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In Chad, proper schools are finally being built again in the Nya Pendé region

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Chad
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World Bank
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STORY HIGHLIGHTS For several decades, many school buildings in the region had remained unfinished or had been lying in ruins. With financing from the World Bank, dozens of schools have been renovated. Other infrastructure projects will need to be developed to address the enormous needs of the local population and the refugees. N’DJAMEMA, Chad, May 16, 2022 — For years, the people of Kondjala had been longing for a real school. In this small village near Goré, situated some 600 kilometers to the south of N’Djamena, construction had begun on three school buildings to replace the straw hut which until then had been used to accommodate primary school students. As a result of the oil crisis that shook the country’s economy in 2014, construction was discontinued and the school building was left without a roof.

“We had to use the limited means available to us to cobble together straw roofs for the unfinished buildings to shelter the children from the elements,” explains the principal, Bekainyogoto Esaïe. “It was a real ordeal. ”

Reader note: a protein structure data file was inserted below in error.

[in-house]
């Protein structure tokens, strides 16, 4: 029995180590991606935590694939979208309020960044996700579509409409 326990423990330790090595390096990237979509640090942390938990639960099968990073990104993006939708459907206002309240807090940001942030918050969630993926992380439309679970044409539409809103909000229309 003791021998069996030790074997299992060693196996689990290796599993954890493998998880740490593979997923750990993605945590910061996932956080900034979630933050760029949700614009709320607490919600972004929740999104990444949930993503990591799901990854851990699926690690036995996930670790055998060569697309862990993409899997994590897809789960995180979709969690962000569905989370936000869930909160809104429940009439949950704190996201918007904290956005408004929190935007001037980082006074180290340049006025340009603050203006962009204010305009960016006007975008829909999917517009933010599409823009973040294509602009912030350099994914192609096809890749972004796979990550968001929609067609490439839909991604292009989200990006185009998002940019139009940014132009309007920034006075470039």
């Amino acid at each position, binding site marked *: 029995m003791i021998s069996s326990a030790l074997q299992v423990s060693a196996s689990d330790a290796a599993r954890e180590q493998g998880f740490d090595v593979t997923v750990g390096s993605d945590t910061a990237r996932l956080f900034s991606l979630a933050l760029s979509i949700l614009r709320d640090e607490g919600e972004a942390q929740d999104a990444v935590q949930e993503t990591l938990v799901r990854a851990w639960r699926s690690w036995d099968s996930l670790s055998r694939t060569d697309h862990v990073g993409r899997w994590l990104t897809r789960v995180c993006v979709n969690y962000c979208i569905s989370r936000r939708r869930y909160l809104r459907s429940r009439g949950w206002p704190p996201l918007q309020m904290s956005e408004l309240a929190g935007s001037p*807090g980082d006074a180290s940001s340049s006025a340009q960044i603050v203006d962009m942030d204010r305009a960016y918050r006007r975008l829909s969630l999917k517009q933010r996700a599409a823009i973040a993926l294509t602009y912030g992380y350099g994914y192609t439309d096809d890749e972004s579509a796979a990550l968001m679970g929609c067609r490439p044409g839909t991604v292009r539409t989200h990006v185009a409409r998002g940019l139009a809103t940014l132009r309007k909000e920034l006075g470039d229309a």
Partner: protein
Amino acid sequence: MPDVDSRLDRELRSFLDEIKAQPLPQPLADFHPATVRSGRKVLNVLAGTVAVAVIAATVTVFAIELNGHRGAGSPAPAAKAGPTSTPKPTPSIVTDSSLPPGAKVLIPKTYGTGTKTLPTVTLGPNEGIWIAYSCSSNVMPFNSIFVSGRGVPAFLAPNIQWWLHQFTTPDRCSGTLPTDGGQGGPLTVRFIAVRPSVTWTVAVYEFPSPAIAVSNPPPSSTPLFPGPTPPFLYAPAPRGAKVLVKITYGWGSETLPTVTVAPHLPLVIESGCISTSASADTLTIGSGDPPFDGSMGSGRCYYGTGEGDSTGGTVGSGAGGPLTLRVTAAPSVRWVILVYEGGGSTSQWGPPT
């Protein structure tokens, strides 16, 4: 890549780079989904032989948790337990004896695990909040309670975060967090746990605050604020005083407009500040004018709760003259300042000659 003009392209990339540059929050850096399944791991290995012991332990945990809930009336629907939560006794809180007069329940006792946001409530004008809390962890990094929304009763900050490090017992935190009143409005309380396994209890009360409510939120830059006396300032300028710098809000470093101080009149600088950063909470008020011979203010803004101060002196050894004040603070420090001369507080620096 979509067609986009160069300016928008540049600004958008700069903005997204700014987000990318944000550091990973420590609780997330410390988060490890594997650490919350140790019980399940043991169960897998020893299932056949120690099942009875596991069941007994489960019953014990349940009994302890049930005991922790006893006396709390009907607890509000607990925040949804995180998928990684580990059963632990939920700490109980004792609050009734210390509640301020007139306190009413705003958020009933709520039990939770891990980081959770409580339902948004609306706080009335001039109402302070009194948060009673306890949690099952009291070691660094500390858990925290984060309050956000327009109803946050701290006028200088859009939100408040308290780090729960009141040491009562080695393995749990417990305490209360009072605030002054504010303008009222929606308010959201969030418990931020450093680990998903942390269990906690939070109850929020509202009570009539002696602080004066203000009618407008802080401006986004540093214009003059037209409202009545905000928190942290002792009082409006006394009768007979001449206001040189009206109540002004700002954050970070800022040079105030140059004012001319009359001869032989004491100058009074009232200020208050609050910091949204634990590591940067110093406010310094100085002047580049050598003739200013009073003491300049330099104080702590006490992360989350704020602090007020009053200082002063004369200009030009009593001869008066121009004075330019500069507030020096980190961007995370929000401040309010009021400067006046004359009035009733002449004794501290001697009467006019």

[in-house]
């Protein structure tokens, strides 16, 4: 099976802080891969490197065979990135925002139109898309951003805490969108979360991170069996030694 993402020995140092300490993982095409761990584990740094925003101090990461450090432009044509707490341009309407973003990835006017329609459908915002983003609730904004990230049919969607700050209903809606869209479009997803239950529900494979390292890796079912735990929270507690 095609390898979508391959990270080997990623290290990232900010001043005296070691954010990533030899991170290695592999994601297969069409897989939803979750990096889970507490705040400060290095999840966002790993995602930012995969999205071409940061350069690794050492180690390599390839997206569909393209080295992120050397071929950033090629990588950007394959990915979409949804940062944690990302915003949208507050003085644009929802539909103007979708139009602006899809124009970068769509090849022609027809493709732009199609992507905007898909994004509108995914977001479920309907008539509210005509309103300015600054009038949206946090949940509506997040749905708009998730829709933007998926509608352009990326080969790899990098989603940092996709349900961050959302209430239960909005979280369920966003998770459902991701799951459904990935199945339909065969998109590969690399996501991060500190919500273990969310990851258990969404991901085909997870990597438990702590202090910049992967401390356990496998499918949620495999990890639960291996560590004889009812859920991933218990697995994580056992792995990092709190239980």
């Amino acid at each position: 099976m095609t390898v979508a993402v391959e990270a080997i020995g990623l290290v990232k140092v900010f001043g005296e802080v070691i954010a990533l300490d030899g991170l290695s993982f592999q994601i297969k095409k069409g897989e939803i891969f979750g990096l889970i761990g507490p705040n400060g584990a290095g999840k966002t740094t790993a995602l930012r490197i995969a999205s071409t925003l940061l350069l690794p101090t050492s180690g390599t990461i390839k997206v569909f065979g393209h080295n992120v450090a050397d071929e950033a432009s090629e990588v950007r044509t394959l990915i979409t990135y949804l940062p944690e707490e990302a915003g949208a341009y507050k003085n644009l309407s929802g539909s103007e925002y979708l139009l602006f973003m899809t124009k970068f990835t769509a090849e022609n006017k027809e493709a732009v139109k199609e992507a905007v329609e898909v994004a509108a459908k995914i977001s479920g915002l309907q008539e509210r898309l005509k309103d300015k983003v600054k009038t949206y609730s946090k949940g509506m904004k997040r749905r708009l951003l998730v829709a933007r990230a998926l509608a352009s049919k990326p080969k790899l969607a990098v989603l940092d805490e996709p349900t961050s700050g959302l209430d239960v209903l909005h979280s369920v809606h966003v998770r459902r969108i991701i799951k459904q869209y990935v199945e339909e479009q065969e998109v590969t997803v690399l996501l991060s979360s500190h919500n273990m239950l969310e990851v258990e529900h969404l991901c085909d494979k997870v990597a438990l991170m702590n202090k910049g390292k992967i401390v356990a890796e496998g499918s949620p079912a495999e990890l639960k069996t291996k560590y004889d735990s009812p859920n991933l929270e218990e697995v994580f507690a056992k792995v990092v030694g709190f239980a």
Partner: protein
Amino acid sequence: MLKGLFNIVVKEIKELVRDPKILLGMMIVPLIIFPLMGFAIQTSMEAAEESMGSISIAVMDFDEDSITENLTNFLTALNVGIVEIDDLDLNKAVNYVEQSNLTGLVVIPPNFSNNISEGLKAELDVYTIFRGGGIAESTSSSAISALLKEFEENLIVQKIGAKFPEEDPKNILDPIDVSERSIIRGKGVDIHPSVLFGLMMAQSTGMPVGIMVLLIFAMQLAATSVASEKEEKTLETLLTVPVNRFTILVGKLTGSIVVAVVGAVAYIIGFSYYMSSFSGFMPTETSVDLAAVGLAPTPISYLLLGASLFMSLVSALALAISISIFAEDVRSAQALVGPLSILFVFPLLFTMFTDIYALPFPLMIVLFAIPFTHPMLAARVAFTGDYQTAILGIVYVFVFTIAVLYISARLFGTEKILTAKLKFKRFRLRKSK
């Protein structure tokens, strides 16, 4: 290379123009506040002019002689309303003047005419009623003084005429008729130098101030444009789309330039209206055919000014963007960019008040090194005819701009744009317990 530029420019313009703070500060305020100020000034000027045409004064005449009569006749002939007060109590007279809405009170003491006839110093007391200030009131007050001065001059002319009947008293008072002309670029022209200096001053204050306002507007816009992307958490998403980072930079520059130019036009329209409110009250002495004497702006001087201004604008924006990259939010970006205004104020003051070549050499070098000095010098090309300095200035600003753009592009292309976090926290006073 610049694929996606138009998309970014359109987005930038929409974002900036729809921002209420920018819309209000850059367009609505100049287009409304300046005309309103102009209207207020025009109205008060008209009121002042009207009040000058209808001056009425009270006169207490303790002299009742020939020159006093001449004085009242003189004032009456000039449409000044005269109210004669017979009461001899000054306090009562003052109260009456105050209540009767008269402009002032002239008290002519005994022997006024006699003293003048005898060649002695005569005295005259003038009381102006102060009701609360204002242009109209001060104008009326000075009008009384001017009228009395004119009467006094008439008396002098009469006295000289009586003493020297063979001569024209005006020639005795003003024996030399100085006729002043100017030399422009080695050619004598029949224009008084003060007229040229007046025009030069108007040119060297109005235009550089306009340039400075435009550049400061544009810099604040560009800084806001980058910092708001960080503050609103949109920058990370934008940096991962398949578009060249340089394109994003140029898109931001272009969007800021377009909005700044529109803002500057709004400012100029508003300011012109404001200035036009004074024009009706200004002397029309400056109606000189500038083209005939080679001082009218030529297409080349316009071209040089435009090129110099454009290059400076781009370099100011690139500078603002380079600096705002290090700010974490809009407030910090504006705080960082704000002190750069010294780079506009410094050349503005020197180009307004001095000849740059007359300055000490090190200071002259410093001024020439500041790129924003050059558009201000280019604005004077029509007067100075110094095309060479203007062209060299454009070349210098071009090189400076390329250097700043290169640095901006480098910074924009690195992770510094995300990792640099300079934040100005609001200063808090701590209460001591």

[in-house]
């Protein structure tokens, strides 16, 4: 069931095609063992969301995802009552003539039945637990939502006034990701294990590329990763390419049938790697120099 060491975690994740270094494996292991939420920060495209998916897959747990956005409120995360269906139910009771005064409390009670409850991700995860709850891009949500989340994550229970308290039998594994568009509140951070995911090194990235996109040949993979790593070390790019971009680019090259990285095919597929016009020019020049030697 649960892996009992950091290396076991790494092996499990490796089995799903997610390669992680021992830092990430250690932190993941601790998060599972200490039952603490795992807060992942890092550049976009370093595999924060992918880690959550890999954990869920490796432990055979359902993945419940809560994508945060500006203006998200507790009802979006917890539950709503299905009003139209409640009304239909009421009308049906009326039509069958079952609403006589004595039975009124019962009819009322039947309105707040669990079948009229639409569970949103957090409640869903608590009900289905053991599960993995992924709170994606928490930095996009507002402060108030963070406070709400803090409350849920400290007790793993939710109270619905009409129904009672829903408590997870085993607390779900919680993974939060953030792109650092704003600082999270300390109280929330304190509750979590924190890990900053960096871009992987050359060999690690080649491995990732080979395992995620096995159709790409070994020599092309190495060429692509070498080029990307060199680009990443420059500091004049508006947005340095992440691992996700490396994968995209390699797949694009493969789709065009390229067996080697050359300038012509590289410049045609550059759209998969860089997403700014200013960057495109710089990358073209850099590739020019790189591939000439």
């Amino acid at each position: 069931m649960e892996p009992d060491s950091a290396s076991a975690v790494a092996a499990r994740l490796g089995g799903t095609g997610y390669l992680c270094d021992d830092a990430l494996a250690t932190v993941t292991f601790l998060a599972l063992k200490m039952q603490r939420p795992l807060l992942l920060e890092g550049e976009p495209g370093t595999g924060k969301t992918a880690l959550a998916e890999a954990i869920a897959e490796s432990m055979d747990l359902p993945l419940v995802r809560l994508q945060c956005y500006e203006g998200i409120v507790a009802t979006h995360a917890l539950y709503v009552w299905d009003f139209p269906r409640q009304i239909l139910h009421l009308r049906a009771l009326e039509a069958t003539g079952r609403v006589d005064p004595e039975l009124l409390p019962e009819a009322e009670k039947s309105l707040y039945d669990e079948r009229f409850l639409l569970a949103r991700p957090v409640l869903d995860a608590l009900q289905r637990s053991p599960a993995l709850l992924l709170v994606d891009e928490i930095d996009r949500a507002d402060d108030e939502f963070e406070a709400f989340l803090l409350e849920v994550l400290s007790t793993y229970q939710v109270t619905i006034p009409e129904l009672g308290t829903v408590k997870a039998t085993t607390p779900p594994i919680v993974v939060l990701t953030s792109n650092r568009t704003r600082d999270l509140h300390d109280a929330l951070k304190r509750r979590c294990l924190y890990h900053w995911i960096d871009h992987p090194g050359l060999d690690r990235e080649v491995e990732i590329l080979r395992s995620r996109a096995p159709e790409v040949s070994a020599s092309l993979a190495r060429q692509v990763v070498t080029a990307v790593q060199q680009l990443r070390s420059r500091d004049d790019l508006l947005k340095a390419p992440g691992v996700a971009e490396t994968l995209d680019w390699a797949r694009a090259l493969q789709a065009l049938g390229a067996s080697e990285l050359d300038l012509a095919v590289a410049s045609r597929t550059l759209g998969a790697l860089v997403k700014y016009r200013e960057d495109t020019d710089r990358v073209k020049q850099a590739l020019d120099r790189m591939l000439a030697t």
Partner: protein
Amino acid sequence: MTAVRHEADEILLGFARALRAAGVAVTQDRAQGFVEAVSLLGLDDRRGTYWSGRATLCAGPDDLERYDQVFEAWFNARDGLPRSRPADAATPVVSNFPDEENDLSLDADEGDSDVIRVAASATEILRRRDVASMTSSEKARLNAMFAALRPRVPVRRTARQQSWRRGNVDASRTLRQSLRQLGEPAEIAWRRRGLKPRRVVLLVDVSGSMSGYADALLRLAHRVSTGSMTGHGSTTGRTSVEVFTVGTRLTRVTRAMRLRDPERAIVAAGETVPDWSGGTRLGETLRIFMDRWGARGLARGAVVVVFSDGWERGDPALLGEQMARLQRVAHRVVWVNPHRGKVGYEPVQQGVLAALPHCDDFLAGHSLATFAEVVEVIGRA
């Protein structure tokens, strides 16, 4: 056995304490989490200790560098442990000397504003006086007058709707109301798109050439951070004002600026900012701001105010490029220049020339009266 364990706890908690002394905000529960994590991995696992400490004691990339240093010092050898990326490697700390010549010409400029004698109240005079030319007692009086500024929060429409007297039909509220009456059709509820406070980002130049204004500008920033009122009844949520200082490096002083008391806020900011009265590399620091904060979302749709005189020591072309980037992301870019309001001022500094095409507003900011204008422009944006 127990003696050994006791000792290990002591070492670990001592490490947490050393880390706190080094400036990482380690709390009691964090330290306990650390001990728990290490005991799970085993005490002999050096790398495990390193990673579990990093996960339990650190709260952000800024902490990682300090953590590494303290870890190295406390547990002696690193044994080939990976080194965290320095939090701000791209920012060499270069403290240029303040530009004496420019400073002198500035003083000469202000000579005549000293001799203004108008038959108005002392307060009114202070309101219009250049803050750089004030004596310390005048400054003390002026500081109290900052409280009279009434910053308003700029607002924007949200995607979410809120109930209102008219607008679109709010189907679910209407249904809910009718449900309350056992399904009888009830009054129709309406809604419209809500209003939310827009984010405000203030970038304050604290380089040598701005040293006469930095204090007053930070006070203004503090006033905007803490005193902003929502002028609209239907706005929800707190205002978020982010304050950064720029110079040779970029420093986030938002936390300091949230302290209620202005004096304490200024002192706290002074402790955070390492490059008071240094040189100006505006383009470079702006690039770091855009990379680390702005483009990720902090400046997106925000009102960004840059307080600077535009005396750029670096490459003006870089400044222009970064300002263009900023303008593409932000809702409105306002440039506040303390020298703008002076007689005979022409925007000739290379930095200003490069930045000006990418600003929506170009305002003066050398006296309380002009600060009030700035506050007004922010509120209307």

A little less than two years ago, the Refugees and Host Communities Support Project (PARCA), which is financed by the World Bank, launched a comprehensive program for the renovation and modernization of schools in the Nya Pendé region.The schools are now equipped with toilets and water fountains.

The students are delighted. In Kondjala, 500 children began the new school year in the six new classrooms housed in three buildings. “Now I can hear the teacher much better when he is speaking. Before, his voice did not carry very well, because we were out in the open,” says 13-year-old Abdou Djikoloum, who is in CM2 (the last year of primary school). Berthe Tarndodjim is 15 and also in CM2. She admits to feeling “more relaxed and secure, now that the school has modern toilets.” The teachers have welcomed the changes: “The students have gained confidence, and this is encouraging for us as educators,” says Neyam Roselle, a teacher in Kondjala for the past 13 years.

The school in the neighboring town of Goré has also been revamped. Built in the 1960s, the only school in the town center “was in a woeful state of disrepair,” notes Jacob Koumtog, a departmental education inspector. The two buildings, which dated back to the colonial period, had collapsed. However, the premises were being used by the Ministry of Education of Chad as a management training center. “Reconstruction didn’t begin until the 2000s, but unfortunately the repairs were still not completed,” adds Nodjigoto Ilom, the mayor of the town.

Thanks to the renovation carried out by PARCA, three buildings housing 1,500 students in seven classrooms have recently been refurbished. “This is such a relief, because with the recent arrival of 400 children from refugee communities and Chadian refugee families that have returned to the country, it was becoming increasingly difficult to find space,” notes Djenom Yobatna, principal of the school.

In the coming months, the project will build additional facilities, including new schools, water towers, and clinics, as demand for social services and new infrastructure is skyrocketing in Nya Pendé. In addition to the 150,000 refugees who have already settled in Chad, others continue to arrive from the Central African Republic.